Energy-related nanomaterials

  1. 1 and
  2. 2
1Institute of Solid State Physics, Ulm University, D-89081 Ulm, Germany
2Faculty of Physics, M.V. Lomonosov Moscow State University, Moscow, Russia
  1. Corresponding author email
Editor-in-Chief: T. Schimmel
Beilstein J. Nanotechnol. 2013, 4, 678–679.
Received 27 Sep 2013, Accepted 28 Sep 2013, Published 24 Oct 2013
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The triple “generation, conversion and storage of energy” are the fundamental building blocks toward realizing the general aim of an energy supply on demand as unrestricted as possible. Meanwhile, however, it has become clear that this general aim leads to conflicting feedback loops on the ecological environment. Growing awareness of such deteriorating feedbacks has triggered worldwide activities to search for technical approaches in order to at least reduce the negative environmental consequences of energy consumption. At this point, materials science plays a central role. In most cases, rather than looking for completely novel solutions related to the energy triple “generation, conversion and storage” materials science contributes to stepwise improvements of functional efficiencies, which are based on optimizing energy-related materials.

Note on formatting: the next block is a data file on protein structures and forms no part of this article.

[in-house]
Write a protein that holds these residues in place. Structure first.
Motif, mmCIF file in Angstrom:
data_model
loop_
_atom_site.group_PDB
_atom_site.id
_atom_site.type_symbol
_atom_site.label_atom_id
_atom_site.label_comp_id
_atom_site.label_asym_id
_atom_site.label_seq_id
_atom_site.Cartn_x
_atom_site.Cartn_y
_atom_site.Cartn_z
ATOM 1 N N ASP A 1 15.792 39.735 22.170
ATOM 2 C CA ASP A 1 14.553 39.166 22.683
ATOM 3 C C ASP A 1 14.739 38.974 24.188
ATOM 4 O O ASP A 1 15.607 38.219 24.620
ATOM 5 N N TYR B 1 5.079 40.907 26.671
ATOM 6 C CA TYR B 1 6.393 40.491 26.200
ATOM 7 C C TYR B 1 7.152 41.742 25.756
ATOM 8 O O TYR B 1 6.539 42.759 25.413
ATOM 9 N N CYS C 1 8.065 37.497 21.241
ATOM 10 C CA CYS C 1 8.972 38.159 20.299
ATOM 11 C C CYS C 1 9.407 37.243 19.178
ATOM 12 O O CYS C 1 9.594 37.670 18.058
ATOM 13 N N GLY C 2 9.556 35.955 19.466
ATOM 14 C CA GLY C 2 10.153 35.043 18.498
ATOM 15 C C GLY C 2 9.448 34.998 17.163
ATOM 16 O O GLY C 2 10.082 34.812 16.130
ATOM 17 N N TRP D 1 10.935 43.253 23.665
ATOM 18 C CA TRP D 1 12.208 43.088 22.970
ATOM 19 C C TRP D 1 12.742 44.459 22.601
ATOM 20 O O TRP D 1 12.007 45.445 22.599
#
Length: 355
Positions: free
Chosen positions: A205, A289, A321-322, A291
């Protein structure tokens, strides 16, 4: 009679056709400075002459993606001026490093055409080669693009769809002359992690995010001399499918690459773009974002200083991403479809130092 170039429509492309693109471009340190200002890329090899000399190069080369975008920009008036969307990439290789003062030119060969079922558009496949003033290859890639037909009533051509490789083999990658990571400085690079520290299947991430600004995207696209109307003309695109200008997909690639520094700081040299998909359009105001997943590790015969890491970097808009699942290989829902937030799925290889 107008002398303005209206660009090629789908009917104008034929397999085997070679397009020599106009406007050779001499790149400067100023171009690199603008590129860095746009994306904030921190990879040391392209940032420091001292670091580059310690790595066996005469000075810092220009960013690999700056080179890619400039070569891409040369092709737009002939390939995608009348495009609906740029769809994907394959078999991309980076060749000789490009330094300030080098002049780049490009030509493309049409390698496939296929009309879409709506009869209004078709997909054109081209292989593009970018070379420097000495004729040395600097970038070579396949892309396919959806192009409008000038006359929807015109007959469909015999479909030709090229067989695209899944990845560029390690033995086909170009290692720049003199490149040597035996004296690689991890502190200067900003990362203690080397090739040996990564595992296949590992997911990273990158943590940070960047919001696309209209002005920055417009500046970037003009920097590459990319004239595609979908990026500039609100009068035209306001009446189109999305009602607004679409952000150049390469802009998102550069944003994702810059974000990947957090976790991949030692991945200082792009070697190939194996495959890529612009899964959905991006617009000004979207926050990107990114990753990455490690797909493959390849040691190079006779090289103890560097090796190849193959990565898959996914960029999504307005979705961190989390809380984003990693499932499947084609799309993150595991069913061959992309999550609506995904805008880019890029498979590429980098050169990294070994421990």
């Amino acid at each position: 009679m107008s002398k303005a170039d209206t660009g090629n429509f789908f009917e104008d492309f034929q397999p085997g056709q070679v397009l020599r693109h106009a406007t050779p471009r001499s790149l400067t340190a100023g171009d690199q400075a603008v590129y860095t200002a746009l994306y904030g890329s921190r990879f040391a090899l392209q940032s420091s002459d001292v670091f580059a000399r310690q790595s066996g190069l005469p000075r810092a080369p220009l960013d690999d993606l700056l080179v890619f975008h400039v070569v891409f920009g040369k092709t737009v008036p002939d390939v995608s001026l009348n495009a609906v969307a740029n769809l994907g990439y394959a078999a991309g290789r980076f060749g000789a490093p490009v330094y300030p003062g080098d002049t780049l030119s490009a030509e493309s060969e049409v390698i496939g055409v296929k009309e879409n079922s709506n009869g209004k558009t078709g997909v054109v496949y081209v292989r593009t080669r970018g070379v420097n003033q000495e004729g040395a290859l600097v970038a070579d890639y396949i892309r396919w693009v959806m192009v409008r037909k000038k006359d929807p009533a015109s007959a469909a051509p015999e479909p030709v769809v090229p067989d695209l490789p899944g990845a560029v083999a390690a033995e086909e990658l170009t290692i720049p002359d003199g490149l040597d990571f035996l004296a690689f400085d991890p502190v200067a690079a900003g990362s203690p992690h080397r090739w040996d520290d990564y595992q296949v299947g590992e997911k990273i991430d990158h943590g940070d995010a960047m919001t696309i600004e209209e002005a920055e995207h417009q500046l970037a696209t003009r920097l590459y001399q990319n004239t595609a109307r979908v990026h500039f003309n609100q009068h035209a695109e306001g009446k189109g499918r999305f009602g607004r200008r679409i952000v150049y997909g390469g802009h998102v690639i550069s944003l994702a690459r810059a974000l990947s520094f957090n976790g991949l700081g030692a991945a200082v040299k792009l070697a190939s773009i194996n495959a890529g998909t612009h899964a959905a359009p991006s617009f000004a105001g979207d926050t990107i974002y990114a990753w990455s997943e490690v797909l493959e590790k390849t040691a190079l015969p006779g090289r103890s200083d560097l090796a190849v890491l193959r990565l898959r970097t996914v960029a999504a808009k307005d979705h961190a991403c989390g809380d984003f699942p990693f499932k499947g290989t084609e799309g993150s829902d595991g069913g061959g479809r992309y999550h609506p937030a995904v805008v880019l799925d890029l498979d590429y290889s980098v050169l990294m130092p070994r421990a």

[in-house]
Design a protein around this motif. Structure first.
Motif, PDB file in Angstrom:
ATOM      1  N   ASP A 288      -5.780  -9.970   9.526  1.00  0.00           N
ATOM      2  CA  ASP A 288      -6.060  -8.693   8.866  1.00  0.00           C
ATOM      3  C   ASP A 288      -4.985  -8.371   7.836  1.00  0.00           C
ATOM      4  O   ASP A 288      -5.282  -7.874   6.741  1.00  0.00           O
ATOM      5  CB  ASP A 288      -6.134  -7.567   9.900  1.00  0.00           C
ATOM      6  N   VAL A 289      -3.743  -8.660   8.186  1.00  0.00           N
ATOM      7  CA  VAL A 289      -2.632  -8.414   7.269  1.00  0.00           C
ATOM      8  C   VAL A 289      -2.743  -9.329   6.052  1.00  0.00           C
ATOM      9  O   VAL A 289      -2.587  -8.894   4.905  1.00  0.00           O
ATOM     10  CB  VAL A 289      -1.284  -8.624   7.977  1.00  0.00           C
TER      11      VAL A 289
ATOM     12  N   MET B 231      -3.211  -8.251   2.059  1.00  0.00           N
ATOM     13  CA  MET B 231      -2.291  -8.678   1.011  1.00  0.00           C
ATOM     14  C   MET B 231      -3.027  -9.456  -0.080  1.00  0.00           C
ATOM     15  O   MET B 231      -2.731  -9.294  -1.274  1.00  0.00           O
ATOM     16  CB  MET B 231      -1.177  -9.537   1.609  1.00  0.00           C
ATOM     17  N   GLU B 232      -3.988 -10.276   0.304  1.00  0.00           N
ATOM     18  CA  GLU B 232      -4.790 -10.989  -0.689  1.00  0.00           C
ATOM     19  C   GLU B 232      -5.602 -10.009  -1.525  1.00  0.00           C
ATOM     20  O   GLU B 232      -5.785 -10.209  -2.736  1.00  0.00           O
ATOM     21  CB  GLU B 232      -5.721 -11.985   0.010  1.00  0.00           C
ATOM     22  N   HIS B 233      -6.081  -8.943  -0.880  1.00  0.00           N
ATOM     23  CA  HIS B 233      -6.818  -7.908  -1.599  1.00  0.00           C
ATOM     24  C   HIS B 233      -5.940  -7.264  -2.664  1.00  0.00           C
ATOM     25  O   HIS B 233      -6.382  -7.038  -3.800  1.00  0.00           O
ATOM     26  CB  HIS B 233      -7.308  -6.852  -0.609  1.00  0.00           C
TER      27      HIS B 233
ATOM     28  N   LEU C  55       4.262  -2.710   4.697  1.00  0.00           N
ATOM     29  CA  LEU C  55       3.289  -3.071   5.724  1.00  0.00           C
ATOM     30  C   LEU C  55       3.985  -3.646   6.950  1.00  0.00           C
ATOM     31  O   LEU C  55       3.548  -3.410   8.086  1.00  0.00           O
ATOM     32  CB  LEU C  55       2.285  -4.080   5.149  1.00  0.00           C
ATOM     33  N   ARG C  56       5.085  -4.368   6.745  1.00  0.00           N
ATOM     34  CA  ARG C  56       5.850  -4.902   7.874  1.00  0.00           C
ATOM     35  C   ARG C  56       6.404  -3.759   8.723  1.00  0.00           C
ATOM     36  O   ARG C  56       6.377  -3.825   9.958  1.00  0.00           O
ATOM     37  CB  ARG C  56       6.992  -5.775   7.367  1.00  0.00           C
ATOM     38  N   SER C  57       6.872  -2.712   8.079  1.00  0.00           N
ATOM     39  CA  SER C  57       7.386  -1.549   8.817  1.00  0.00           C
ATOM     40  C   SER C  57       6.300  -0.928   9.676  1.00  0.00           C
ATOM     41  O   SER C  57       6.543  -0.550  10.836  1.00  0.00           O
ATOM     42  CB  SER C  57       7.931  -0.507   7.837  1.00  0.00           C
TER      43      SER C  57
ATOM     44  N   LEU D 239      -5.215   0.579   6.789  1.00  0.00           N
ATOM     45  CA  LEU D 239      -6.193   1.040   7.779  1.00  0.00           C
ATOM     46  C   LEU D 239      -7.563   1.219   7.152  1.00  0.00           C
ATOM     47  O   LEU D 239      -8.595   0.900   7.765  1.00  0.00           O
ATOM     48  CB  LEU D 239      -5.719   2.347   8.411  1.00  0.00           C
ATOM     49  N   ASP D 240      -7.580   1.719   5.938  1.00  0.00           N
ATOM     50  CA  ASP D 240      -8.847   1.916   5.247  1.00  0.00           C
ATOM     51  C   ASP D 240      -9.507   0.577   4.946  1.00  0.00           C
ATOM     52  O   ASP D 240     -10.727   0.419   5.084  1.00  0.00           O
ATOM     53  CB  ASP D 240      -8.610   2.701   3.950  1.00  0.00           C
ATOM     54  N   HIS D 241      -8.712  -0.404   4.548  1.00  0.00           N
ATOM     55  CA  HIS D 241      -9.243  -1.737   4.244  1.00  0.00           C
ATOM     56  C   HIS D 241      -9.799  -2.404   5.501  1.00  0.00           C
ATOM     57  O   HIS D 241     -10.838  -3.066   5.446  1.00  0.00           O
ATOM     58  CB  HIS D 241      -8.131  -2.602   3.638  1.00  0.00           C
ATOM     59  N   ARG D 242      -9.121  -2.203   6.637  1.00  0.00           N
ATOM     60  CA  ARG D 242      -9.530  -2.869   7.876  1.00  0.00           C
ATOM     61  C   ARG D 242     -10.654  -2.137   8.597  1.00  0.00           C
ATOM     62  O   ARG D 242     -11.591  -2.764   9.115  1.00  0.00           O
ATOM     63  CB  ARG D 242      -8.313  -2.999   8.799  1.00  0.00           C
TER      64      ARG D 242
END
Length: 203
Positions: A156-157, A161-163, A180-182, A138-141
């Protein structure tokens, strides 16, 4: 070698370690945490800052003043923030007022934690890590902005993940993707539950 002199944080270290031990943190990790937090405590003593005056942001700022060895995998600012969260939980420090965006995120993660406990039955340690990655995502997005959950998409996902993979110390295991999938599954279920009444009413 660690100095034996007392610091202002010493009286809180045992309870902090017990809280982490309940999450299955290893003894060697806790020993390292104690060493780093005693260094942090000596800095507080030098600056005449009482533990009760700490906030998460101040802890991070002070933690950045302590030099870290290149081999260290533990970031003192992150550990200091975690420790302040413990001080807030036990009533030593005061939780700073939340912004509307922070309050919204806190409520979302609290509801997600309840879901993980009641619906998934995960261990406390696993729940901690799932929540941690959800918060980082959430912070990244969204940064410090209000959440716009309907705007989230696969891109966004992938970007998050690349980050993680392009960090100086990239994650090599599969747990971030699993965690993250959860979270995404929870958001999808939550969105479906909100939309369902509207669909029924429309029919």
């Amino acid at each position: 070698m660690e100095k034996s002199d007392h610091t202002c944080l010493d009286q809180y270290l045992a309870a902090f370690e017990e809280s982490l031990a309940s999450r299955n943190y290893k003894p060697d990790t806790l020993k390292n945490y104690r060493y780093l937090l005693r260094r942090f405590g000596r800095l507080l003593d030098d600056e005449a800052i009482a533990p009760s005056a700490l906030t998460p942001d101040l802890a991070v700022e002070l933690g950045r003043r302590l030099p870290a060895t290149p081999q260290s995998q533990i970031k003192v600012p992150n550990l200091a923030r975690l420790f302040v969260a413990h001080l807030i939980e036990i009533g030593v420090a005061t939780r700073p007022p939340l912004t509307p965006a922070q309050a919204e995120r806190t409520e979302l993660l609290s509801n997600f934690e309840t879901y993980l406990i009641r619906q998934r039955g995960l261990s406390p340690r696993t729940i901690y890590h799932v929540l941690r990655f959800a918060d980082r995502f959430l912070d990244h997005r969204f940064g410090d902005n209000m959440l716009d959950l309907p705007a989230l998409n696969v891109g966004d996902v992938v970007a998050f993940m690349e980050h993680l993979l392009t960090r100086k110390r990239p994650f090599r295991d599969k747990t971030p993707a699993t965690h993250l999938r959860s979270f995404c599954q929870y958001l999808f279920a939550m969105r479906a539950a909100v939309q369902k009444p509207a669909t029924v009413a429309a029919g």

A well-known topic related to the transport of people and goods – an important subsector of human energy consumption – is the effort aimed at the reduction of the weight of cars, trucks, planes and ships in order to save fuel. Improved materials such as novel compounds or composites should not only result in a reduction of weight but should also have mechanical properties that are at least comparable to those of the materials they are exchanged for. Mechanical properties strongly depend on the internal structure of a material such as grain size, grain orientation, defect densities, local chemical composition, and layer sequence and thickness in layered systems. At this point, the micro- and nanometer scales enter both experimental and theoretical simulation routes towards materials optimization. Another materials property worth of being optimized is friction, which, when trying to walk or drive on icy streets is highly welcome, but in many cases is a source of dissipated energy. The friction of an object moving on or through a supporting or surrounding medium, respectively, appears to be closely related to surface or interface roughness, so that, again, the micro- and nanoscales are of major importance. For instance, a reduction of the friction of cargo vessels by only a few percent leads to considerable energy savings and a significant decrease of the worldwide CO2 emission [1]. It is noteworthy that the nanopatterning of surfaces and interfaces to reduce friction by tailoring their wettability and anti-fouling behavior is often guided by mimicking nature [2,3]. Contributions of advanced materials science to energy savings are numerous even when restricting one’s view just on personal surroundings: Intelligent housing with controlled energy delivery, distribution and consumption, including smart heat production and insulation as well as smart windows complemented by exploiting residual heat.